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Benefits Attract

Jennifer Zurko & Industry Insights
Article ImageThis is the 28th year we’ve been conducting our annual Wage & Benefit Survey, and if you’re a regular reader, you may notice something a little different this time.

We’ve partnered with AmericanHort and research firm Industry Insights to create a more robust survey and help collect the data. This was for a couple of reasons. First, Industry Insights provides us with a much better survey interface. We’re very grateful to Survey Monkey (which was a useful Wage & Benefit Survey tool for a number of years), but we were somewhat limited in how we presented the questions and the amount we could include.

Second, conducting the survey with AmericanHort helped us provide an expanded survey to our readers—many of whom are also their members. With Industry Insights’ help, we were able to add new questions and expand on the ones we’ve always asked. The new data that’s outside of the realm of what we normally report here every year is available from AmericanHort free for members.

With that said, there are a couple of things to call out based on the data. For the last couple of years, the story was about how wages were rising, either because of legislation that implemented minimum wage increases or to stay competitive in a high-demand worker’s market. This year seems to be a focus on benefits. Of the respondents who answered, 72% said they offer health insurance to their full-time employees. Compare that to 10 years ago, when it was only 48%.

And employers realize its importance, too. Seventy percent said that health insurance was one of the benefits that their staff considers the most important. Only paid vacation was higher, at 80%.

Besides a robust benefits package, more employees are looking for jobs that offer them a more balanced work/life schedule. One of the new questions we asked was, “Which benefits do you use to attract and retain employees?” And the number one answer was a “Flexible work schedule” (45%), followed by “Added vacation days/PTO” (42%).

More employers are realizing that you have to not only offer competitive compensation with room for growth and perks like a flexible schedule, but you also have to provide an acceptable benefits package if you want to recruit and retain good employees.

This year, for the open-ended essay question, we asked: What’s a hiring mistake you’ll never make again? Here are some of the responses:  

■ Never rehire an employee who quit under dubious circumstances.

■ Not checking references on positions other than seasonal. Also, putting newer employees on our health plan too quickly rather than forcing them to qualify by time.

■ Not doing a full background check on managerial positions.

■ Hiring someone we knew was not a good fit.

■ Taking the second-best option in an interview process when the first option turned down the offer.  Better to re-interview and start over.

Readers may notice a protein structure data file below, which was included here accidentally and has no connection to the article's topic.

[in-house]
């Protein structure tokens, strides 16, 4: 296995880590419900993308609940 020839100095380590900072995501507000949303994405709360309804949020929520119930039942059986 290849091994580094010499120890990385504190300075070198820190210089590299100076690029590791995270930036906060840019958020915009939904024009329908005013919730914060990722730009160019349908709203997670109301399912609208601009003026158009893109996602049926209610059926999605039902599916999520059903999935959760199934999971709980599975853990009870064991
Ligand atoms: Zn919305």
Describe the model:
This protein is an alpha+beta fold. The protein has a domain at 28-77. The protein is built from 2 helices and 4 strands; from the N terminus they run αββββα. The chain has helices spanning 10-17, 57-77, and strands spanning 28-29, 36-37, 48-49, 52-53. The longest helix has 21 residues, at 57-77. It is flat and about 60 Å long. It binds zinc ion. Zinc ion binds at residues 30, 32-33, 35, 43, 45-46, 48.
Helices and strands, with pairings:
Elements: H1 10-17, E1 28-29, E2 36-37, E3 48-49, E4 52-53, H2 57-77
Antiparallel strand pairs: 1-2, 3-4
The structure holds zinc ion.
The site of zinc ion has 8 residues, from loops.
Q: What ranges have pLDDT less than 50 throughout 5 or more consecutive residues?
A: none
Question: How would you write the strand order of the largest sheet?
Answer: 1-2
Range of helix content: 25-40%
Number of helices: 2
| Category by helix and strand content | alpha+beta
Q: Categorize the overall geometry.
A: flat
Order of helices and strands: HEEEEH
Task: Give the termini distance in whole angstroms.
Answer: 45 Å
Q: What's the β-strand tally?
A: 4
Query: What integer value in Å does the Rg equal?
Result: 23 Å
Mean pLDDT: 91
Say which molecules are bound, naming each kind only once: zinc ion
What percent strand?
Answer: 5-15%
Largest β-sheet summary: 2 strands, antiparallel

■ Not conducting an in-person interview.

■ We actually improved the recruiting process to incorporate lessons based on previous experiences. One lesson was that we were taking too long to fill a position because we wanted to have multiple candidates and choose the best. We learned that was a lose-lose situation because the “best” candidate gets an offer elsewhere in the meantime and we basically have to start from scratch. Another lesson was not having a clear, written and official role before posting the position. Now our process starts with an updated job description that our compensation manager reviews for budget reasons. We have a salary band, percentage of travel, must haves, preferred skills, etc.

■ Not believing our hiring survey results (we use predictive index and it's always right!).

■ Not training new managers on interview process and what red flags to look out for.

■ Coaxing into a position not applied for, but felt they would be better at it.

■ Not being clear about expectations.

■ Hiring friends.  

■ Making quick decisions and not following up on references.

■ Hiring someone because they say they need a job.

■ Hiring with my heart instead of my head. Letting someone’s sad story influence my decision. It always burns me.

■ Trust your gut. If it doesn't feel right at the beginning, let the person go and rehire. Make sure your staff matches your culture and values, and make that a priority.

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Who responded to our survey?

Of the greenhouse grower respondents, 31% said they also have a nursery operation, 31% sell retail and 25% have a landscape division.











How many people do you employ during peak season?
Average full and part time is 200 with an average full time of 141.







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Hourly Employees (U.S. only, average per hour)
Temp/Seasonal General Labor = $15.45
Part-Time General Labor = $14.45
Full-Time General Labor = $17.89

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